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Carmageddon: Apocalypse … later?

July 20, 2011

Category: A Closer Look

This past weekend’s closure of the 405 freeway in Los Angeles dubbed “Carmageddon” turned out to be a prophecy that thankfully didn’t live up to its apocalyptic expectations. The fears of citywide gridlock in response to a two-day closure of nearly 10 miles of the 405 never materialized. Commuters and travelers with the courage to brave the predicted chaos were pleasantly surprised with nearly nonexistent traffic. So, what happened?

Dr. Xudong Jia, a civil engineering professor at Cal Poly Pomona, shed some light on the anomaly. As an expert in a field that deals with the design, construction, and maintenance of the physical and natural environment, including highways, his research focuses on a fact of life and a source of enduring frustration for LA commuters—traffic.

“The Metropolitan Transit Authority did a great job getting the word out. As a result, people didn’t go out,” said Jia. “The results were excellent for the first time a major traffic artery in Los Angeles was completely closed. They (the MTA) didn’t over-do it, they communicated in a way that let people know if they went out, they’d experience problems. So no one went out, and there were no problems.”

They were strong results for a simple approach. In fact, LA county supervisor Zev Yaroslavsky said about two-thirds of motorists who would have been driving on Saturday chose to stay home.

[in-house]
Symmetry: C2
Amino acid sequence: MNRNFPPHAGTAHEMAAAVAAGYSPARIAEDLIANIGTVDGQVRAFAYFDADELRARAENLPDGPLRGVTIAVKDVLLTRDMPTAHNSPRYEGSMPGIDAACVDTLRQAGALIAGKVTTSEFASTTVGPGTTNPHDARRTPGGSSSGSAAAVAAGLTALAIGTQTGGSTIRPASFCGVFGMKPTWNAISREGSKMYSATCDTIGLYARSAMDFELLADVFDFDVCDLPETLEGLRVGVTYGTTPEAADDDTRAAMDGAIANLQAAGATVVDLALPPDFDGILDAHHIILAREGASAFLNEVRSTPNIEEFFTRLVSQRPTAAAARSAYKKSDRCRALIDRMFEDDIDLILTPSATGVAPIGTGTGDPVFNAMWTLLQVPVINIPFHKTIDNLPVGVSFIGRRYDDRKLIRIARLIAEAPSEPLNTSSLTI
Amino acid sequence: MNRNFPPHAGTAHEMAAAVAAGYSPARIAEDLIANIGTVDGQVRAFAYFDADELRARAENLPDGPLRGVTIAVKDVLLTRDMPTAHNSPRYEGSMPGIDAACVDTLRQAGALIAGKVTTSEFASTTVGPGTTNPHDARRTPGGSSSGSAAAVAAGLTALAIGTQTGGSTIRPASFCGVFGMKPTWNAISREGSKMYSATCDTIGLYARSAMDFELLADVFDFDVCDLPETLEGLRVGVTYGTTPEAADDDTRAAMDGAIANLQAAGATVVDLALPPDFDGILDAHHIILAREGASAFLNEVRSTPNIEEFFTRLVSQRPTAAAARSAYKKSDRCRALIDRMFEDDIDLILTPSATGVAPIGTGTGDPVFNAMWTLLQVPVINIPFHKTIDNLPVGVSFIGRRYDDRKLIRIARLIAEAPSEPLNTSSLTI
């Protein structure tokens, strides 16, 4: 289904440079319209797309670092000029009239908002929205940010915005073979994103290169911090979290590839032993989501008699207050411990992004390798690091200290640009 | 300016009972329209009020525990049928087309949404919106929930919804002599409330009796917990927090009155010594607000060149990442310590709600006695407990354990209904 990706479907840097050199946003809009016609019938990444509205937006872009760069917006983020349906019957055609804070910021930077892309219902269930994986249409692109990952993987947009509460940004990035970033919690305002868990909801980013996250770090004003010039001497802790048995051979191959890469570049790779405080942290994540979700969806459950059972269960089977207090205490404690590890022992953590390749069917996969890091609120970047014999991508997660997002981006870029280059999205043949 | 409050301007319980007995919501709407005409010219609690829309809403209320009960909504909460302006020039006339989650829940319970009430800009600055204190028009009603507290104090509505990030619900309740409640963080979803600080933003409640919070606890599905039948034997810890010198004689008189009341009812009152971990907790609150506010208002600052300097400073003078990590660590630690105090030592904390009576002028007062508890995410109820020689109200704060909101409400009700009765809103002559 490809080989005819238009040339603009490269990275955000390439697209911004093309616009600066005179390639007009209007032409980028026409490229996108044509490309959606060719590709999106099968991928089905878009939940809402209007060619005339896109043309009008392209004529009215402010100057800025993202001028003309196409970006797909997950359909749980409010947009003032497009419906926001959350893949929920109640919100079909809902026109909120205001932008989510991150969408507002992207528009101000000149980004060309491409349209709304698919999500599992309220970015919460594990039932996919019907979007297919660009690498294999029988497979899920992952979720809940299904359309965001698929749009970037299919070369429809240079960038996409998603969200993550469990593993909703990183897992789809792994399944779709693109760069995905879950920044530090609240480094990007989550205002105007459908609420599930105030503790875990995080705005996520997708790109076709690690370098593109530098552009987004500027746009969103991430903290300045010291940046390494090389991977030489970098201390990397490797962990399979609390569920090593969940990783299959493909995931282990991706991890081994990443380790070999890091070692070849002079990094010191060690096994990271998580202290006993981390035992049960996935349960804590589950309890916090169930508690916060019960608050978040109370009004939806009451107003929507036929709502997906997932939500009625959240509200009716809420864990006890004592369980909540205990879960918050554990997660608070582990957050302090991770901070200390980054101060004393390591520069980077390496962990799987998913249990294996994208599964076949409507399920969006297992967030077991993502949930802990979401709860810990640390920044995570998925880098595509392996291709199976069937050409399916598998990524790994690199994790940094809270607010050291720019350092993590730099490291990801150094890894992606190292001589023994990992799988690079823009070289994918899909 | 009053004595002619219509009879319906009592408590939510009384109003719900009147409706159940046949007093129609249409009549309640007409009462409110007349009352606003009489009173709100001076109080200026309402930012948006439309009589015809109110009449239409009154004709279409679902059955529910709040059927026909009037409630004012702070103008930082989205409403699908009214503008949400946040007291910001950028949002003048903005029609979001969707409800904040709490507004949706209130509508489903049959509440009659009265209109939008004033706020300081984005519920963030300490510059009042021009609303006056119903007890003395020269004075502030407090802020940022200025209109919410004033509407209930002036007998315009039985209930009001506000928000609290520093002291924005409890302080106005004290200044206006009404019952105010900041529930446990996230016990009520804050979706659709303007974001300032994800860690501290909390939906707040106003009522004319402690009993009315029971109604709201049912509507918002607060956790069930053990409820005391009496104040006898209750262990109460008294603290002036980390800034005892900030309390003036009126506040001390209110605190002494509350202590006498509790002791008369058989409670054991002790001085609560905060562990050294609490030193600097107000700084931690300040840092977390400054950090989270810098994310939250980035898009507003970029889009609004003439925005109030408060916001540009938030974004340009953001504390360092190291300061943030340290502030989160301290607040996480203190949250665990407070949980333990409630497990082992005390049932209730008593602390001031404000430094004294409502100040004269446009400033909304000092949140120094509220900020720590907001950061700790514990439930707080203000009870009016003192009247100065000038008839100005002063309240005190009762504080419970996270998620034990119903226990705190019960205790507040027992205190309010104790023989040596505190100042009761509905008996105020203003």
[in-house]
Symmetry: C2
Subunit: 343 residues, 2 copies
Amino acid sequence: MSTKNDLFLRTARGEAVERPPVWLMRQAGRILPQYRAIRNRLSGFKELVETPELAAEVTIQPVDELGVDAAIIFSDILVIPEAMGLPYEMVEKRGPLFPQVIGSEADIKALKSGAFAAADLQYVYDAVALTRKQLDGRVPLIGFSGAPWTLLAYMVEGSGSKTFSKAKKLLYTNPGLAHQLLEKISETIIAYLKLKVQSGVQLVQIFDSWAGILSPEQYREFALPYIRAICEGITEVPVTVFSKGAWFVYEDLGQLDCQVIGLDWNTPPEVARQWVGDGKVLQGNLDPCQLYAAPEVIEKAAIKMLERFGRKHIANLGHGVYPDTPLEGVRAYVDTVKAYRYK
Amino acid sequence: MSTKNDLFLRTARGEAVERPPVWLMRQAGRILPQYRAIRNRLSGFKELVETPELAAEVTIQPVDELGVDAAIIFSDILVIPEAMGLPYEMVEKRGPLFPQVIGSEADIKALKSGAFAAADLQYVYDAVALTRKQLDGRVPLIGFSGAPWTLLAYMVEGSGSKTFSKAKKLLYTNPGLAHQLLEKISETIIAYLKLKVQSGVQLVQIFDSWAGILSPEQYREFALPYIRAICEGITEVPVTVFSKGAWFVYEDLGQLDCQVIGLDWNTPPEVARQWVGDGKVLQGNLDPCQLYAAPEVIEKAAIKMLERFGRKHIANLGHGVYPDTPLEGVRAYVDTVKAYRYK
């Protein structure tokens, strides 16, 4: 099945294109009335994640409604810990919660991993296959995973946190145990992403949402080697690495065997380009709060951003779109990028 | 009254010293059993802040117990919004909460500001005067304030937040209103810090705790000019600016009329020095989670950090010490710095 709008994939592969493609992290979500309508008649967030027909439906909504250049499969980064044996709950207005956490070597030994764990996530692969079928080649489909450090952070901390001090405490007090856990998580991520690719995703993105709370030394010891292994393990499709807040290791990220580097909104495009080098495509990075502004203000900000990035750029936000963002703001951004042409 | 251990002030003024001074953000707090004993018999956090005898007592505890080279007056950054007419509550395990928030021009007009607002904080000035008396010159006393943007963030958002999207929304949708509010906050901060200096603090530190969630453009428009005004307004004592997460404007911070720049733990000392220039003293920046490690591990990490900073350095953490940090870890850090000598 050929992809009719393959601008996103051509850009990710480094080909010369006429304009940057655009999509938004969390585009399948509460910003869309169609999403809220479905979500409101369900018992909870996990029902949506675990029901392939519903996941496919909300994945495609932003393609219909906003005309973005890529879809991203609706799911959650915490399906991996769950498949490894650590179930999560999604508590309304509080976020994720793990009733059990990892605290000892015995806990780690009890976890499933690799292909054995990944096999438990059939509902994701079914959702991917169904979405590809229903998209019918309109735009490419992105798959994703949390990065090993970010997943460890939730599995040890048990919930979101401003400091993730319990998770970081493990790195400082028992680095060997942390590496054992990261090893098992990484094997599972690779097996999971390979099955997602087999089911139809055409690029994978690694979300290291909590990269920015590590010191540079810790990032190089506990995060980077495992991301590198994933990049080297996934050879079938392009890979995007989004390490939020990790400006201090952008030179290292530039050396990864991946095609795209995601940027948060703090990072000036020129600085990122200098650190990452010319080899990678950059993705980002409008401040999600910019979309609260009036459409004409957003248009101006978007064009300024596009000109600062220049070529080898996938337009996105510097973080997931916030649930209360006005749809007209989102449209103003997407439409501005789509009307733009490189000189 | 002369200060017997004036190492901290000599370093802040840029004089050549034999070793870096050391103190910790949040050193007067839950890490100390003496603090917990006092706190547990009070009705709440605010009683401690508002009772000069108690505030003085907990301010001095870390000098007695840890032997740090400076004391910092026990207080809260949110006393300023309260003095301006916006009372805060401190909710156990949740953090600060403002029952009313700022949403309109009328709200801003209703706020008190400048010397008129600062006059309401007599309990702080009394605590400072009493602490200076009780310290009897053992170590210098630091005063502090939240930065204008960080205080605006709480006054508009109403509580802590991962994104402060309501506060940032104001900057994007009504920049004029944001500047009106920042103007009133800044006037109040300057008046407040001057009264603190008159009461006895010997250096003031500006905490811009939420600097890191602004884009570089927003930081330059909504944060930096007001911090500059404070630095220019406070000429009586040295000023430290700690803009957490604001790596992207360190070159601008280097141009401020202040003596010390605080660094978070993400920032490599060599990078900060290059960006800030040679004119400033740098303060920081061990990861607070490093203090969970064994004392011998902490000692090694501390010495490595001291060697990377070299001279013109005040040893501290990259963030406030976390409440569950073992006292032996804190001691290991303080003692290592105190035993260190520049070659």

So the apocalypse was avoided. However, many are already mulling over “Carmageddon II”: about 11 months from now when the other half of the project will close the route again. It’s part of a larger $1 billion improvement project that includes the construction of a northbound carpool lane in a 10 mile stretch between the 101 and the 10 freeways.

Critics say the end result of the project won’t justify the means. However, Jia says any improvement is better than none at all.

“In terms of capacity, another lane is a good thing,” Jia said. “But adding lanes is a reactive approach and not the best long-term solution. Due to Los Angeles’ massive population, the city needs to address the problem proactively.”

Jia says that the best way to ease the pain of congestion is to incorporate an integrated approach, which includes policy change in addition to the physical expansion and restoration of roads. The other avenues include promoting telecommuting and adjusting work shifts.

As for Carmageddon II, Jia says catastrophe is unlikely.

“LA drivers are smart. They’re experts at finding alternate routes,” Jia said. “If they know that there’s going to be a closure in their area, they’re going to stay away.”

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